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The relevance of vegetation structures and small water bodies for bats foraging above farmland

Basic and Applied Ecology


Bats are known to forage and commute close to vegetation structures when moving across the agricultural matrix, but the role of isolated landscape elements in arable fields for bat activity is unknown. Therefore, we investigated the influence of small isolated ponds which lie within arable fields close to vegetation structures on the flight and foraging activity of bats. Additionally, we compared species-specific activity measures between forest edges and linear structures such as hedgerows. We repeatedly recorded bat activity using passive acoustic monitoring along 20 transects extending from the vegetation edge up to 200 m into the arable field (hereafter: edge-field interface) with a small pond present at five transects per edge type (linear vs. forest). Using generalized linear mixed effect models, we analyzed the effects of edge type, pond presence and the season on species-specific flight and foraging activity within the edge-field interface. We found a higher flight activity of Nyctalus noctula and Pipistrellus pygmaeus above the arable field when a pond was present. Furthermore, Pipistrellus nathusii and Pipistrellus pipistrellus foraged more frequently at forest edges than at linear structures (e.g. hedgerows). Additionally, we found three major patterns of seasonal variation in the activity of bats along the edge-field interface. This study highlights the species-specific and dynamic use of forest and hedgerow or tree line edges by bats and their importance for different bat species in the agricultural landscape. Further, additional landscape elements such as small isolated ponds within arable fields might support the activity of bats above the open agricultural landscape, thereby facilitating agroecosystem functioning. Therefore, additional landscape elements within managed areas should be restored and protected against the conversion into arable land and better linked to surrounding landscape elements in order to efficiently support bats within the agroecosystem. (C) 2017 Gesellschaft fur Okologie. Published by Elsevier GmbH. All rights reserved.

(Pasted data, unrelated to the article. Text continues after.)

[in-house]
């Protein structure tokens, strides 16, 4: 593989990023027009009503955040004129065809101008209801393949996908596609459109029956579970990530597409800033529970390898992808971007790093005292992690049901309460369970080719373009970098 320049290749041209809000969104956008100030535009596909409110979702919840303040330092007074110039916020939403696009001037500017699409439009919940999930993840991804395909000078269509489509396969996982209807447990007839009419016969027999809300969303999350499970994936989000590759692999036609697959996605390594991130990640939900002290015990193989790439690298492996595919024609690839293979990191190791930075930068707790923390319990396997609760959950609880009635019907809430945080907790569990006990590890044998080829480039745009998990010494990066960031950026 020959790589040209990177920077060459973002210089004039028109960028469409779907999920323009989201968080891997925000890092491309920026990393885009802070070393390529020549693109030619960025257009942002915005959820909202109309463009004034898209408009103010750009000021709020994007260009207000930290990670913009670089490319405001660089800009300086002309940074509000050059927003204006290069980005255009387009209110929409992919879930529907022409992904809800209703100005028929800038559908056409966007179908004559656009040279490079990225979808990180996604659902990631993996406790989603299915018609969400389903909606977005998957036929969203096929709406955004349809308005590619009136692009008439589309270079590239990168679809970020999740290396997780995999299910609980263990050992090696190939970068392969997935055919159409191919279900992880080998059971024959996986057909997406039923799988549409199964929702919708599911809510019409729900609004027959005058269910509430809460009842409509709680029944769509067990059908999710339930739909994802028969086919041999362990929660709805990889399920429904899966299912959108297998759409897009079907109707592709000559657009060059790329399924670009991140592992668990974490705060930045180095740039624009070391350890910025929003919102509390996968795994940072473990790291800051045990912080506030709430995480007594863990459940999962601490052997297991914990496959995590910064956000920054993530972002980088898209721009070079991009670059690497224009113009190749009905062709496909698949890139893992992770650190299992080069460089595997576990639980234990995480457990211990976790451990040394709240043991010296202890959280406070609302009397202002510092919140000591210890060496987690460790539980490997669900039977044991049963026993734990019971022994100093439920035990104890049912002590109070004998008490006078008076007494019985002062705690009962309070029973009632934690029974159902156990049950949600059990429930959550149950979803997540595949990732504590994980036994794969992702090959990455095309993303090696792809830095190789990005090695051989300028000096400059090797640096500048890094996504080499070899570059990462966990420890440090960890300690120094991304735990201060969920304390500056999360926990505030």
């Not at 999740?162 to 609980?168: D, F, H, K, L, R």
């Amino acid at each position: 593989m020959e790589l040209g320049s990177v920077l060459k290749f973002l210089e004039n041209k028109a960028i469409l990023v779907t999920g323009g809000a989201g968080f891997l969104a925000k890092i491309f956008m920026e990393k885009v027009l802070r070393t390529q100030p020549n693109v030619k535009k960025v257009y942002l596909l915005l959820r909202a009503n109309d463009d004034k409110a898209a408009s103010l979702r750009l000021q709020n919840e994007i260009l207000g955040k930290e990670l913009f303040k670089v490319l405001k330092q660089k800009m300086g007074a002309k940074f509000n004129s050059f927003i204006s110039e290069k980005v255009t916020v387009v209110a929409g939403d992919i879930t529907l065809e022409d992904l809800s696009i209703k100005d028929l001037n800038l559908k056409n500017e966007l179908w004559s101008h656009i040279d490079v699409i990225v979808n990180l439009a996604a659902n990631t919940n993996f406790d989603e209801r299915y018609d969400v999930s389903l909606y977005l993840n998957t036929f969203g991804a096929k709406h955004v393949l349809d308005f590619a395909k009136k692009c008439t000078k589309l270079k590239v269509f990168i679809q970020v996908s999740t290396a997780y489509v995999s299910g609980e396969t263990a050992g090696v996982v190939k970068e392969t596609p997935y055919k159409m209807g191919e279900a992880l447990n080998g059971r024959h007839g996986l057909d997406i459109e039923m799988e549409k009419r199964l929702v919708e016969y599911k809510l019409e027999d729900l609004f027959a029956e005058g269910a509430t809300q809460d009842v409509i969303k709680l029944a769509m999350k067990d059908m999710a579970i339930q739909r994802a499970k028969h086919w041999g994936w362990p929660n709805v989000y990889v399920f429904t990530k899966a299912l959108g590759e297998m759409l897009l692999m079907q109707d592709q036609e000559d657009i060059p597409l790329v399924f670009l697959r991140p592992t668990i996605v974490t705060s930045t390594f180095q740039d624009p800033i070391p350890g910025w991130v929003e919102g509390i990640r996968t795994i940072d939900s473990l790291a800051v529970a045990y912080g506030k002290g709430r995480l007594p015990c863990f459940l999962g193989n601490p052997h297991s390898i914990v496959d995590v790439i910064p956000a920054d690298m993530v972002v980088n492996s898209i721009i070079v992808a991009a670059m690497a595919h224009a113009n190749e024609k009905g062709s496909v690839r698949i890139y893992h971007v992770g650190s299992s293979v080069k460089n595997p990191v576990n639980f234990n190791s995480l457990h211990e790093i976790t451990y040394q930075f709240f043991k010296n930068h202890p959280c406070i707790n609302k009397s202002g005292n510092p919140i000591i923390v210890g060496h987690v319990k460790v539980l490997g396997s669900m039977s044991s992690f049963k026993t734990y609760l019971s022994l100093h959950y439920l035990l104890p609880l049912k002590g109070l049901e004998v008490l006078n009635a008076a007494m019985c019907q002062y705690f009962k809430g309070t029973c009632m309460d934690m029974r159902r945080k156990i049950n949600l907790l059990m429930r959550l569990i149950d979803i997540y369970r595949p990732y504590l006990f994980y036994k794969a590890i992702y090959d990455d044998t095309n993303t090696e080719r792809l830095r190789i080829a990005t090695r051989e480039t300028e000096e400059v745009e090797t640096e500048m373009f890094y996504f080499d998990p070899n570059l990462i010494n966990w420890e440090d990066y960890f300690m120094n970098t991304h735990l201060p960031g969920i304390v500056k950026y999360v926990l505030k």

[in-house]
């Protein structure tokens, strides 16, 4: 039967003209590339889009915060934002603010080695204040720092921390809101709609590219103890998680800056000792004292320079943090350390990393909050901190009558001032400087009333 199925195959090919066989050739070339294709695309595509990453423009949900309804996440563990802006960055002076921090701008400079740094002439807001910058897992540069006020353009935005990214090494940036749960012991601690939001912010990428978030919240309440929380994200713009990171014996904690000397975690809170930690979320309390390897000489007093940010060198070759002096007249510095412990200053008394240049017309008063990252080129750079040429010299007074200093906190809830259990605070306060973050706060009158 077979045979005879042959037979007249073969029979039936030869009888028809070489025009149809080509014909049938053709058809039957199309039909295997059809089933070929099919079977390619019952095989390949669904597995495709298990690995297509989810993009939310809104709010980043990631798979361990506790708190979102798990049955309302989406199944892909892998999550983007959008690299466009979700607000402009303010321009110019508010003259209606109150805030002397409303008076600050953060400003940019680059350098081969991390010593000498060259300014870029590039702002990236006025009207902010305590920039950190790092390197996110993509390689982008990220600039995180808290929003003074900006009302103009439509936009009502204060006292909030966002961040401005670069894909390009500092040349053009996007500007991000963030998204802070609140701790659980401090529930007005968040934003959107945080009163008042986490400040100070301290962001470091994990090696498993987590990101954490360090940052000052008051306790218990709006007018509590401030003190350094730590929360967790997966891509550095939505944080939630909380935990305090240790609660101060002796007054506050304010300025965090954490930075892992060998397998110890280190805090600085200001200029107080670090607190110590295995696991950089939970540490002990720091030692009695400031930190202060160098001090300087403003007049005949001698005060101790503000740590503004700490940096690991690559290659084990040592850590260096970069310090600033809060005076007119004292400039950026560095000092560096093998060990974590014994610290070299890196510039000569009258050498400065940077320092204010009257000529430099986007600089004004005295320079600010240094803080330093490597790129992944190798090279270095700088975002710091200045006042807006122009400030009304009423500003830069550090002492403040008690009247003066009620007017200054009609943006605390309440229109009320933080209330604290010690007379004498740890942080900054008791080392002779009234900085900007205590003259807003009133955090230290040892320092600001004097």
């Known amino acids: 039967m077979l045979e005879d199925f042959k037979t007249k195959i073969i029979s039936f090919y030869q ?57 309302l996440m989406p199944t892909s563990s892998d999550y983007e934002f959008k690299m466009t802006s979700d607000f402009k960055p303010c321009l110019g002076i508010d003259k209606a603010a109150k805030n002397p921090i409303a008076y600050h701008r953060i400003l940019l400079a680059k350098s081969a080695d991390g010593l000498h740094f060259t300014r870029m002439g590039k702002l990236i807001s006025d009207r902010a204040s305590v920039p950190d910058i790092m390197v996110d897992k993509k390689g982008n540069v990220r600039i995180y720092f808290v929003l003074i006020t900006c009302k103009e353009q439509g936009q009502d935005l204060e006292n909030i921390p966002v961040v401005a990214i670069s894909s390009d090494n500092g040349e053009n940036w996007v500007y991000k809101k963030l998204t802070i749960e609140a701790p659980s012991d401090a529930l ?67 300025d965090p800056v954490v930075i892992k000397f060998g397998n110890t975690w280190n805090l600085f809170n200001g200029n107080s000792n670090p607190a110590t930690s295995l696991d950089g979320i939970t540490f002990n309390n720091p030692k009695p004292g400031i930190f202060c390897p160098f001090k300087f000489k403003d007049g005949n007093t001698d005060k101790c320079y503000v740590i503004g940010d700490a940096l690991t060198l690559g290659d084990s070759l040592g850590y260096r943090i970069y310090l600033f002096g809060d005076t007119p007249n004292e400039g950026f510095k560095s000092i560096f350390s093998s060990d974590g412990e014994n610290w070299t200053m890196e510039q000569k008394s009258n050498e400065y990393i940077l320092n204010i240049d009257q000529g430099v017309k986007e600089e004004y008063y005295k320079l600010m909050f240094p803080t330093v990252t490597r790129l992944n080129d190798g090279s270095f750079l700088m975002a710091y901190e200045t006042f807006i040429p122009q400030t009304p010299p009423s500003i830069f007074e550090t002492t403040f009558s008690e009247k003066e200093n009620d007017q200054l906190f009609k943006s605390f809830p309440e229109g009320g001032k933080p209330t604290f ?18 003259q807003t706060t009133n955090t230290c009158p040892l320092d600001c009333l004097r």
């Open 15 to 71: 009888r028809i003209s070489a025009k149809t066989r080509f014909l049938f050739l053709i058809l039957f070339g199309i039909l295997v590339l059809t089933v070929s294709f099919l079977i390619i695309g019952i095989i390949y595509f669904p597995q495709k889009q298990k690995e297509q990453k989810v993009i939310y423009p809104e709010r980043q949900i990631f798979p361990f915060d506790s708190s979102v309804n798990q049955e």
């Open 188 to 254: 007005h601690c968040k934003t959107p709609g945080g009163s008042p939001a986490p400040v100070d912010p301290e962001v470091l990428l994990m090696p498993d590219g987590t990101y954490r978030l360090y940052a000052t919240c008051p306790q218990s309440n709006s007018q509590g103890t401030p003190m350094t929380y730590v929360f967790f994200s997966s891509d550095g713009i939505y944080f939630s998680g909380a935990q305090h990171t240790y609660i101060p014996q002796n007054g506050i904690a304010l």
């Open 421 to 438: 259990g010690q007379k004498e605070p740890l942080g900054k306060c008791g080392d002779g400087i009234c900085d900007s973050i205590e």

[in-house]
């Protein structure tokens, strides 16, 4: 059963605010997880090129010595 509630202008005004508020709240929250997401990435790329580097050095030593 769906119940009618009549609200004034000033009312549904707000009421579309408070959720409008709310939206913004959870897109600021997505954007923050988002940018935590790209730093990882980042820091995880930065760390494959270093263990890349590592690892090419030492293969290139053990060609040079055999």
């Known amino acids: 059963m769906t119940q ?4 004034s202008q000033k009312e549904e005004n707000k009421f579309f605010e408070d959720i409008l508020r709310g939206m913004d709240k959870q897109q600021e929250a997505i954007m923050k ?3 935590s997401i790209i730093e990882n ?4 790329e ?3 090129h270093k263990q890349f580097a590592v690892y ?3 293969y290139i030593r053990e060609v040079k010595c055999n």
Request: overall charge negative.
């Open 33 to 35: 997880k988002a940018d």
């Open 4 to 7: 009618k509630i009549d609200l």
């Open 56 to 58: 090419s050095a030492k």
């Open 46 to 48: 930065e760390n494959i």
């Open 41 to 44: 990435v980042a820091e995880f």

Author(s): Heim, O; Lenski, J; Schulze, J; Jung, K; Kramer-Schadt, S; Eccard, JA; Voigt, CC

Journal: Basic and Applied Ecology

Year: 2018


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